If your claim is small enough, you may not need an attorney. However, even small claims can involve complex issues. An attorney can maximize the value of your claim and also correctly handle complex insurance coverage issues (e.g., uninsured motorist, underinsured motorist, subrogation). Additional medical reports can be requested that reflect the true extent of your injuries. Many claims also require extensive investigation. Furthermore, the retaining of an attorney will impress the insurance company with the thought that you are serious in pursuing your claim and will pursue a lawsuit unless a reasonable settlement can be achieved. Lastly, attorneys are experienced negotiators, which will help you maximize the value of your recovery.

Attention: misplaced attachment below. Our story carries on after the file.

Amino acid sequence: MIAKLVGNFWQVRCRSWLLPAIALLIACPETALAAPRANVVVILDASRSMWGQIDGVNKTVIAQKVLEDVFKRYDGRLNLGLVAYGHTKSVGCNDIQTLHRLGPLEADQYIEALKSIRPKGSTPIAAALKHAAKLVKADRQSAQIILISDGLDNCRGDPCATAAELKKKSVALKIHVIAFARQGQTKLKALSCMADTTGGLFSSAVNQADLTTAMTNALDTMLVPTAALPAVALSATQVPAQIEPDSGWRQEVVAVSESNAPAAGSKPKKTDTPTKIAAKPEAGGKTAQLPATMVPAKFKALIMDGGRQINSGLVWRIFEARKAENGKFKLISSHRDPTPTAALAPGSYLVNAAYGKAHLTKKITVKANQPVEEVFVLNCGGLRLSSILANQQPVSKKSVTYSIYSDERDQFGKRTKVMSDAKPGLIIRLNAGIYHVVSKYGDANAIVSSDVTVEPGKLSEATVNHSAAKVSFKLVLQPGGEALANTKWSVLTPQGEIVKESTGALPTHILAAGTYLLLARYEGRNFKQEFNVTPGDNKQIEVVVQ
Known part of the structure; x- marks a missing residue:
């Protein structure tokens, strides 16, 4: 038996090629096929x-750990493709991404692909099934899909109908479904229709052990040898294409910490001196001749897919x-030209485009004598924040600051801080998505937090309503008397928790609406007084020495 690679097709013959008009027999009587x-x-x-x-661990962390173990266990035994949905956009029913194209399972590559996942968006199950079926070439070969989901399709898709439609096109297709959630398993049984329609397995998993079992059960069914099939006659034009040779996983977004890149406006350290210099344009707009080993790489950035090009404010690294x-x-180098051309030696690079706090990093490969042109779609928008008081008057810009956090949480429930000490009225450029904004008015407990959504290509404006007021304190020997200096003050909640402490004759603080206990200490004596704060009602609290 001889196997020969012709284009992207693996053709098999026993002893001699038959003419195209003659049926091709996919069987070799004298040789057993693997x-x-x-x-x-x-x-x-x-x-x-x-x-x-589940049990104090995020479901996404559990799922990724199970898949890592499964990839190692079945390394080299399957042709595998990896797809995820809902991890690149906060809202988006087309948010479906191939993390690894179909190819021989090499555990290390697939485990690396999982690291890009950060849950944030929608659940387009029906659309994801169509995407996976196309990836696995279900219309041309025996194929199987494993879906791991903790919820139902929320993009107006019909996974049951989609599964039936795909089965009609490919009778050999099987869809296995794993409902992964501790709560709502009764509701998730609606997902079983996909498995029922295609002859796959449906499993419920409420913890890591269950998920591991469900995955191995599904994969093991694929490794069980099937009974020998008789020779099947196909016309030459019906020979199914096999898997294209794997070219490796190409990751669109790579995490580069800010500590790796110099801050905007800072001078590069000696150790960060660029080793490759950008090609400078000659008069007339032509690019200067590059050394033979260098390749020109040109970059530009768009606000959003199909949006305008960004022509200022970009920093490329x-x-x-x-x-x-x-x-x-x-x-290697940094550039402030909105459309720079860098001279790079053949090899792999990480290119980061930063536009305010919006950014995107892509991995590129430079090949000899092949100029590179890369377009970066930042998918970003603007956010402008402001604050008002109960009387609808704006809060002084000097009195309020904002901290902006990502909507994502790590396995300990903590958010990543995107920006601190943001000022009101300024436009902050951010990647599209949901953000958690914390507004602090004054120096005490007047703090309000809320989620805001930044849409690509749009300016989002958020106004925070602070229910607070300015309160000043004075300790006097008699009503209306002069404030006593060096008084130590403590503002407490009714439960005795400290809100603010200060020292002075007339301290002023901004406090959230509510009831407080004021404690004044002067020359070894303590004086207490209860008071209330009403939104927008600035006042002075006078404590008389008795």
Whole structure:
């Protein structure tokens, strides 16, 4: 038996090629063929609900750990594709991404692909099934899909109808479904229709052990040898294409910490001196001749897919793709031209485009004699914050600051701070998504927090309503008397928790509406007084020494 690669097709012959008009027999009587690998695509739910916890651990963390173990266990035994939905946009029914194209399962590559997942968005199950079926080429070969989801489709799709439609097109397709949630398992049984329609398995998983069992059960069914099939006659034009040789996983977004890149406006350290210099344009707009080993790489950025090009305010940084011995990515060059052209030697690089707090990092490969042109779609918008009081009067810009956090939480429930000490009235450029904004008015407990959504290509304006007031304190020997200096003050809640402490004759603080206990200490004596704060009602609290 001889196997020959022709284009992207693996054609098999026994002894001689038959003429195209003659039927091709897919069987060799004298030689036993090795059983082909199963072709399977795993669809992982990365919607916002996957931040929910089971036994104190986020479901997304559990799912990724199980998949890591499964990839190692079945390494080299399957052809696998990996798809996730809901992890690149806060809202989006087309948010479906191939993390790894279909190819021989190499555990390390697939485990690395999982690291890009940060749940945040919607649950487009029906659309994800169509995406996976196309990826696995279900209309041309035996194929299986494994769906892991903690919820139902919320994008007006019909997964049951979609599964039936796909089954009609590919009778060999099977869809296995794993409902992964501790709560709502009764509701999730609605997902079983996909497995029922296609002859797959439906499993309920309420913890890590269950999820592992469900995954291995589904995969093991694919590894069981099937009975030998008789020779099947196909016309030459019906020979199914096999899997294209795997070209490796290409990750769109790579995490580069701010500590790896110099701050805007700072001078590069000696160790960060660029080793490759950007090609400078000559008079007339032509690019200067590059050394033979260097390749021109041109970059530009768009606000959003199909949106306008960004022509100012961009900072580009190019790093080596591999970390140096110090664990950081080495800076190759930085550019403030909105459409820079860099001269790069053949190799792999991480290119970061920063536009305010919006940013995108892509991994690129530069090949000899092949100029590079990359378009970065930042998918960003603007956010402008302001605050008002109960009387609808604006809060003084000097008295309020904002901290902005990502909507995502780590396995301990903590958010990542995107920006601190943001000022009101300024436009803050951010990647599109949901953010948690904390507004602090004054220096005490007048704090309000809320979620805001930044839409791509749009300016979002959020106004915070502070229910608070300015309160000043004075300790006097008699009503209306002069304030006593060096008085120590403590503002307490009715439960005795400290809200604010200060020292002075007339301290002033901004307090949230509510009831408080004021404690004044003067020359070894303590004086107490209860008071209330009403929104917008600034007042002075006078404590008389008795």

The underlying idea in personal injury/tort claims is to make the injured person, who has no fault in causing his injury, “whole.” Although there are many different types of potential damages that may or may not apply to individual cases, the general categories of damages are past hospital and medical expense; future hospital and medical expense; past wage loss; future wage loss; and past and future pain, suffering, and disability. In claims such as motor vehicle accidents, property damage may also be an issue.